Developing A Sales Strategy – Bikes Case Study

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English: A guy on a bike wearing spandex

We get a lot of interest in our articles on sales strategy. It’s a topic people want to know something about. That’s why we’ve dedicated a whole section in Reengineering Sales Management to the what, why, and how of sales strategy. We’ve even included a template readers can use as a starting point for developing something of their own, to suit their particular business.

Templates are very useful for getting all the thoughts in the right places, but sometimes a real life example can bring the subject to life. So here’s one from our own businesses. This is work in progress, right now.

We’ve decided we want a business in bikes. Why bikes? We’re fervent believers in the benefits of cycling. We love the machines. We really like cyclists. And we think there’s a successful business to be built, provided we get it right of course. So how do we do that?

Well, we obviously have to walk our own talk.

A fundamental element of any business plan is the sales strategy, and that needs to clearly explain our unique value proposition, who will buy it, why they’ll buy it, and how they’ll buy it. Once we’ve figured that out, we can go on to worry about resources and organisation, and then add up the numbers.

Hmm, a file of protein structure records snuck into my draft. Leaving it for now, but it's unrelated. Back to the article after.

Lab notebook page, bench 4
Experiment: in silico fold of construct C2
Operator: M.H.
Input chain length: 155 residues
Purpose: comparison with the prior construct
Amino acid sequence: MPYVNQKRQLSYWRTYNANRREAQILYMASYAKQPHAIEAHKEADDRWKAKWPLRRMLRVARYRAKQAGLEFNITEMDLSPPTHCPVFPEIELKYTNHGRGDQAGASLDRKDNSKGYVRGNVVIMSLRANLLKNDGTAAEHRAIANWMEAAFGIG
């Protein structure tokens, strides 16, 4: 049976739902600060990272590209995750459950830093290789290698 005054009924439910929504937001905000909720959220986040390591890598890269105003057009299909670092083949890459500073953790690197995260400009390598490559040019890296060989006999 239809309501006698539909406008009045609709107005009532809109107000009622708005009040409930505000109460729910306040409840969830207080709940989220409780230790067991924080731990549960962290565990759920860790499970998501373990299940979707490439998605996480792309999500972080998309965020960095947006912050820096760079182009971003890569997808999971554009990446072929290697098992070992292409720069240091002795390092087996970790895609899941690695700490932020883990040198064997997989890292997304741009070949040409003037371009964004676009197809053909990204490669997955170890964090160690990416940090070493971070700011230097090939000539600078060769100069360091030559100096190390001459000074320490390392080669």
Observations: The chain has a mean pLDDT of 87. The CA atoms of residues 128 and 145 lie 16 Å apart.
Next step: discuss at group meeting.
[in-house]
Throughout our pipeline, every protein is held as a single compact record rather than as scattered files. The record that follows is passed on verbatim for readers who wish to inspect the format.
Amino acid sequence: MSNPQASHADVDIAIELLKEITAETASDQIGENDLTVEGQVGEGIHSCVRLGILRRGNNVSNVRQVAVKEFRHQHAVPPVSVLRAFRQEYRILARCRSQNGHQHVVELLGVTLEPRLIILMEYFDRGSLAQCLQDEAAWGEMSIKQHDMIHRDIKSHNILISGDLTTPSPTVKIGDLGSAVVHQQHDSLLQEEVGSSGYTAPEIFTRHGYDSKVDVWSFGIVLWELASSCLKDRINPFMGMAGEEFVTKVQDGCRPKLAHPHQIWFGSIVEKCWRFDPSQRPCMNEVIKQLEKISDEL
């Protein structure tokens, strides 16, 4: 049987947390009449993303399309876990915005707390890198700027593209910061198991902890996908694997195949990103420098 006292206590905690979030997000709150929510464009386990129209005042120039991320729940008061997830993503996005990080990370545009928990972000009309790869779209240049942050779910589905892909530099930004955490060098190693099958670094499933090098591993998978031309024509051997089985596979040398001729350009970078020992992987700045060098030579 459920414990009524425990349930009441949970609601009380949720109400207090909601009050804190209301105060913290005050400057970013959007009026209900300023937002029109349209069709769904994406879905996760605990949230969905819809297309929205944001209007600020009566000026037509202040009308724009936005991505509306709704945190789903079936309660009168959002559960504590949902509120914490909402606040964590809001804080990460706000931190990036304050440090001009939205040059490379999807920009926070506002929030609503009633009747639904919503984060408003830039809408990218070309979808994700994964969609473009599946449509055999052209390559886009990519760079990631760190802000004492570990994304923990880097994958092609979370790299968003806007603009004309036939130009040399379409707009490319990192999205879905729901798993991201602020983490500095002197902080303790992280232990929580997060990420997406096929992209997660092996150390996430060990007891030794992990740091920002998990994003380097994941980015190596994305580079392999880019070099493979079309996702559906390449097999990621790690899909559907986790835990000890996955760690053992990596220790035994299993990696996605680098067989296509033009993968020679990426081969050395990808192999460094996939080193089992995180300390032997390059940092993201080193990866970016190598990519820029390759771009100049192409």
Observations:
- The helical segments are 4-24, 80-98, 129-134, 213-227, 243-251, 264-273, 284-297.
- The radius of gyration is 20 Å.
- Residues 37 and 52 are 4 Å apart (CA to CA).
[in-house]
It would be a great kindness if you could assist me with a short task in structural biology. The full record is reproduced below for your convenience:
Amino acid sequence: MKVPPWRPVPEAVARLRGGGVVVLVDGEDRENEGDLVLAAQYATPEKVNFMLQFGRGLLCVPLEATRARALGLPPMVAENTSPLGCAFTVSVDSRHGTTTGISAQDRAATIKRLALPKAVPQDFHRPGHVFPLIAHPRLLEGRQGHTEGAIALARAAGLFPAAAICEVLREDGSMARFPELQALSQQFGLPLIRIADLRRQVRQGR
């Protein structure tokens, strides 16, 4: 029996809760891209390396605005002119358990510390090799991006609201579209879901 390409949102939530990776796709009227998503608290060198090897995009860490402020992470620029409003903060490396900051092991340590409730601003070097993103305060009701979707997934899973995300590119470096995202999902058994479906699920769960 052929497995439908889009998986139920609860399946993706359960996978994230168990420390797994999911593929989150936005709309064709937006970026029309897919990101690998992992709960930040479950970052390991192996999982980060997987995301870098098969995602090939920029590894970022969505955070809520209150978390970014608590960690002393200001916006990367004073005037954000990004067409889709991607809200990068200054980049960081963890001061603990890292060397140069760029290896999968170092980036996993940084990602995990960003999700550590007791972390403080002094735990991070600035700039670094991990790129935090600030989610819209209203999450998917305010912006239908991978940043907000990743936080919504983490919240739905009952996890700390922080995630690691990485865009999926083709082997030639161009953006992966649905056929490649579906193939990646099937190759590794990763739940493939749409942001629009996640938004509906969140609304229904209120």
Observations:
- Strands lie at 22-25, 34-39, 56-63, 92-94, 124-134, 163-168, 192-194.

Here’s an outline of how we’re developing that strategy.


First of all we need to explain the market, the competition, and any barriers to entry. Luckily we don’t have to do too much research, since we spend far too much time in bike shops already.

The advantages of cycling are easily understood. It’s fantastic exercise, in the outdoors, and often in great company. It’s a lot of fun. It’s accessible – anybody from 8 to 88 can do it, provided they have the right stuff. It can work wonders for people suffering with obesity, diabetes, depression, and lots of other health concerns. Its healthy for the environment too. And whilst it can be expensive, it needn’t – especially when compared with most other leisure pursuits.

As more people get to understand those benefits, the market for bikes and associated gear is growing, fast. With excitement created by the pro sports teams, and examples set by people cruising the lanes, a new demographic has emerged – Middle Age Men In Lycra – MAMILS for short.

There was a time when building, supplying, and servicing bikes was a skilled trade offered by professional craftsmen. But that’s changed, more’s the pity. Since the market exploded, the supply side has been driven down to commodity status. Manufacturers spend a fortune on marketing, and discount heavily for the trade – all chasing volume. The biggest and best known suppliers are Internet businesses. They’ll sell anything, at very low prices. The bike stores have been driven in the same direction. Quality service, with valuable advice, and the long term relationships of the past, have been been forsaken in favour of volume, at discount.

Between these two dynamics lies the paradox, and our business opportunity.